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SAG-AFTRA National Board Condemns ‘Misinformation’ About Health Plan

Guild president Gabrielle Carteris responds to groups protesting against latest health plan changes, claiming they are ”endangering our most vulnerable members.“

SAG-AFTRA’s national leadership has struck back against growing protests within the actors’ guild over recent changes to its health plan, vowing to combat “misinformation” in a new resolution passed by the national board on Monday.

Two weeks after a class action lawsuit was filed against the health plan’s trustees, SAG-AFTRA President Gabrielle Carteris warned in a new statement “about the flood of misleading information being spread by certain websites and social media accounts about our Health Plan.

“Like many scams that target the elderly, the misinformation being spread is endangering our most vulnerable members. By directing Plan participants to unofficial websites rather than the Plan’s official, vetted and accurate website, they are confusing people who need to connect with the Plan to ensure they have appropriately transitioned to their new coverage,” Carteris said. “Further, efforts to minimize the importance of the 80% COBRA premium discount the Plan is offering for transitioning participants are preventing eligible participants from reaching out to benefit from this crucial transition program.”

In the new resolution, SAG-AFTRA’s national board condemned “those who seek to use the financial challenges to the Health Plan and the related changes to generate fear or anger in furtherance of personal agendas” and promised to take “appropriate action to ensure that members are not deceived by misrepresentations,” though what those actions would be were not specified.

Neither Carteris’ statement nor the resolution directly mention SOS Health Plan, a grassroots group created by SAG-AFTRA members in response to changes made to the health plan this past August. Starting in January, the earnings requirement to qualify for the plan will be raised to $25,950/year for members, and retired members who have taken a pension will no longer be able to use residuals towards that requirement. Those that no longer qualify for the plan have been given the option to find replacement coverage through Via Benefits, a healthcare market that has partnered with the guild. The changes are expected to impact 11,750 of the approximately 32,000 health plan participants, including 8,200 seniors.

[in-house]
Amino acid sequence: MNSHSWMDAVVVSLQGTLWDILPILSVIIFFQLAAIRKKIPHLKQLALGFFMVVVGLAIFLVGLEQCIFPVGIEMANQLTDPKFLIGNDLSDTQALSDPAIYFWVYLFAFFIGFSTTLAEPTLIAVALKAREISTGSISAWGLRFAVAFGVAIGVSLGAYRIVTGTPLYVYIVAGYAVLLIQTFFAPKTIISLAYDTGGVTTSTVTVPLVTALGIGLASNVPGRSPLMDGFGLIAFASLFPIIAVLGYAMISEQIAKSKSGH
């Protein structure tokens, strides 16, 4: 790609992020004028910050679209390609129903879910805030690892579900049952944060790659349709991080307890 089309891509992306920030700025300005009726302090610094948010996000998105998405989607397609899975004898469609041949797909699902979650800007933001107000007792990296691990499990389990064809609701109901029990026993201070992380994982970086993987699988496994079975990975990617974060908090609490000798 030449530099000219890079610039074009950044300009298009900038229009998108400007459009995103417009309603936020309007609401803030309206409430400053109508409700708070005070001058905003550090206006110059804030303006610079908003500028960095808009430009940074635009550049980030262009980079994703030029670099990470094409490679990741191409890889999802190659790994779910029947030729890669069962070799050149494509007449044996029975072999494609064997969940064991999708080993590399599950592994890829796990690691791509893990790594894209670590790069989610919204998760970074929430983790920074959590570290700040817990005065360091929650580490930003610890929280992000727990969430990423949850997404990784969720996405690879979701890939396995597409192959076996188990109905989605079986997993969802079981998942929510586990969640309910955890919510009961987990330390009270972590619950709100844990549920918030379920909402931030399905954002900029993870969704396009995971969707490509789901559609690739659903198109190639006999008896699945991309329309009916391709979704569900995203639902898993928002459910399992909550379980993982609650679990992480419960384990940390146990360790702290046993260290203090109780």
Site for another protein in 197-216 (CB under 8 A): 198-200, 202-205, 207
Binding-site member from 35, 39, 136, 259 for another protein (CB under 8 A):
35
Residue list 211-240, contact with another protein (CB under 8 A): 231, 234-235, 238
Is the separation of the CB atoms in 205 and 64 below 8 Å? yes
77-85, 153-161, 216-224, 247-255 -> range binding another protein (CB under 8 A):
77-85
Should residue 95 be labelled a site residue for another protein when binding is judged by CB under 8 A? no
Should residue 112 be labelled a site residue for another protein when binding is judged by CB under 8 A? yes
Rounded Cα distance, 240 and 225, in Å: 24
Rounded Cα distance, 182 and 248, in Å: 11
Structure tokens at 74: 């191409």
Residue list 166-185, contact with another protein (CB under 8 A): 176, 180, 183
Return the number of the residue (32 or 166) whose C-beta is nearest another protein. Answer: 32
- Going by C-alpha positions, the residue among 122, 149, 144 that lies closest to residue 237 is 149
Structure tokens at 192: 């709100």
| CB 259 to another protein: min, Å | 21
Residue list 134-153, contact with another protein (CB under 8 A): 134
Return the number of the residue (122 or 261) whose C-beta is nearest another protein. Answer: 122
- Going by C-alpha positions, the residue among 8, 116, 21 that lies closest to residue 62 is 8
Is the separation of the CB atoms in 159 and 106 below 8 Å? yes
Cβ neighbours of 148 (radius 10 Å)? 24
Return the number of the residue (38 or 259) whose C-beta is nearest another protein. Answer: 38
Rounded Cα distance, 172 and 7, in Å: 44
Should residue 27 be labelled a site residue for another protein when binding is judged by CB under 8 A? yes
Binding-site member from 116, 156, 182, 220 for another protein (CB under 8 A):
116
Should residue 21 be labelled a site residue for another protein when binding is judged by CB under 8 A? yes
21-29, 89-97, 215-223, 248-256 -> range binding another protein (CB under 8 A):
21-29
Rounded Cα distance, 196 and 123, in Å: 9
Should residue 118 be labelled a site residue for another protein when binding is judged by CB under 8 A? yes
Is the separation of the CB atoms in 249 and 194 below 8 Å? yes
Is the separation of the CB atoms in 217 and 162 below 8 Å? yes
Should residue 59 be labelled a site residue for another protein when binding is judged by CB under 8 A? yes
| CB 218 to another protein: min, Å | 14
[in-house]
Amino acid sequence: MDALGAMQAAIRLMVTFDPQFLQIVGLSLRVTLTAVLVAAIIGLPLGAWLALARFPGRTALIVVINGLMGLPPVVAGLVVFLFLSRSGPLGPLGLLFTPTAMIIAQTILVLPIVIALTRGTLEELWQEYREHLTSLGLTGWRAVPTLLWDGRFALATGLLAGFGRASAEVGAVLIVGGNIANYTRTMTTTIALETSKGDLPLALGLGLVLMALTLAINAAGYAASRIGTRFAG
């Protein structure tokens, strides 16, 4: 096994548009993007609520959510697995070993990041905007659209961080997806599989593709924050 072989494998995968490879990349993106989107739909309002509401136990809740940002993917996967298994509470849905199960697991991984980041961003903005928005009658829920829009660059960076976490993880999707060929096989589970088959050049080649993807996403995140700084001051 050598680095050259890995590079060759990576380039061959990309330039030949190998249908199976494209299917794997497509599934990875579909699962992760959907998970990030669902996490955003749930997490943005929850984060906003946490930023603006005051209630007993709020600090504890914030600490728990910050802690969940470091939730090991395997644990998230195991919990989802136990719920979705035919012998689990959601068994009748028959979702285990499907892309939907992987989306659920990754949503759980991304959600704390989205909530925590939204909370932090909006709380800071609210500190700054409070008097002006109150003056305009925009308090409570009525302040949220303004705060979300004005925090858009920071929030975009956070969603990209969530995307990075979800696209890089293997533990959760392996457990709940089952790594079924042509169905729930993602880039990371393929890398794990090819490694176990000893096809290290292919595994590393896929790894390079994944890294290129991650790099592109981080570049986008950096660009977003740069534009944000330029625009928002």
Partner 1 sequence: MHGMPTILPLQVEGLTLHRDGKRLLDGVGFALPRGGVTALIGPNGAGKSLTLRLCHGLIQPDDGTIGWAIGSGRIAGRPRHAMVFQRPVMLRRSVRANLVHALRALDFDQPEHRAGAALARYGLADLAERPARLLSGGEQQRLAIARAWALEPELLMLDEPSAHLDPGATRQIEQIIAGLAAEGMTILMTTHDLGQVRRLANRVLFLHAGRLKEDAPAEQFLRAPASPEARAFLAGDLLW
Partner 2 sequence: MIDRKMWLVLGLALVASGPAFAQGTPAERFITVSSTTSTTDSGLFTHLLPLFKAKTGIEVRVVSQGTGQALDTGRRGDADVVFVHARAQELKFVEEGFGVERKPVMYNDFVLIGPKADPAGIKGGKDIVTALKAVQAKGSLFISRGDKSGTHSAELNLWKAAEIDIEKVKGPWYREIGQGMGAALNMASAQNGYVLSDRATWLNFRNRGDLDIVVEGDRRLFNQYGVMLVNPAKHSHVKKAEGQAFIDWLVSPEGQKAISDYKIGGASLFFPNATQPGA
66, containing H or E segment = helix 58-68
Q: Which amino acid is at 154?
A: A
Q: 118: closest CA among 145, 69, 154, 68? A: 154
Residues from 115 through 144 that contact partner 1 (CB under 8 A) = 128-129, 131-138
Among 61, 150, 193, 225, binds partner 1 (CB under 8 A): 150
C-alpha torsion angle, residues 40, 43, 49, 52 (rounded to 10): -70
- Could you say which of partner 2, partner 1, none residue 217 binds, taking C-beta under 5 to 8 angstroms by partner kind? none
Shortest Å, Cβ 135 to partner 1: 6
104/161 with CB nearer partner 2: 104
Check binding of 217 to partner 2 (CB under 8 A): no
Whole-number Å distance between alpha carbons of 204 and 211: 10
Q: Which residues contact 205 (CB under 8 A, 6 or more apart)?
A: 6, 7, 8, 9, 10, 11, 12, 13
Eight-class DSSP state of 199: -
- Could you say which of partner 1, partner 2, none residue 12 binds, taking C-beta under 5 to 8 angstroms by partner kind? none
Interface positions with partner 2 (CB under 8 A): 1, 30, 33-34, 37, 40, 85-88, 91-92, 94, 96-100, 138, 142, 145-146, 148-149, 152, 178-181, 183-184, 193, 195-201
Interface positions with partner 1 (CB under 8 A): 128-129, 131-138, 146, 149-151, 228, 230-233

While health plan officials have insisted that such changes were necessary to maintain the plan’s solvency, SOS Health Plan has accused the guild of breaking its promise to retired members who paid into the health plan for decades as well as its assurance that the SAG-AFTRA Health Plan, which was created from the merging of SAG and AFTRA’s separate health plans in 2017, was financially secure. Among those who have spoken out in support of SOS Health Plan are leaders of the SAG-AFTRA Los Angeles local — which has spoken out repeatedly against Carteris’ leadership — as well as actors like Vincent D’Onofrio, Mark Hamill, Whoopi Goldberg and Ed Asner, a former SAG President who is a plaintiff in the class action lawsuit against the health plan.

The lawsuit accuses the health plan trustees — which include SAG-AFTRA National Executive Director David White — of breaking their fiduciary duty to guild members and failing to disclose information material to plan participants in violation of the Employee Retirement Insurance Security Act or ERISA. The lawsuit seeks to put control of the health plan in the hands of an independent party that can reverse the latest changes. SAG-AFTRA Health Plan has responded by saying the claims are without merit.


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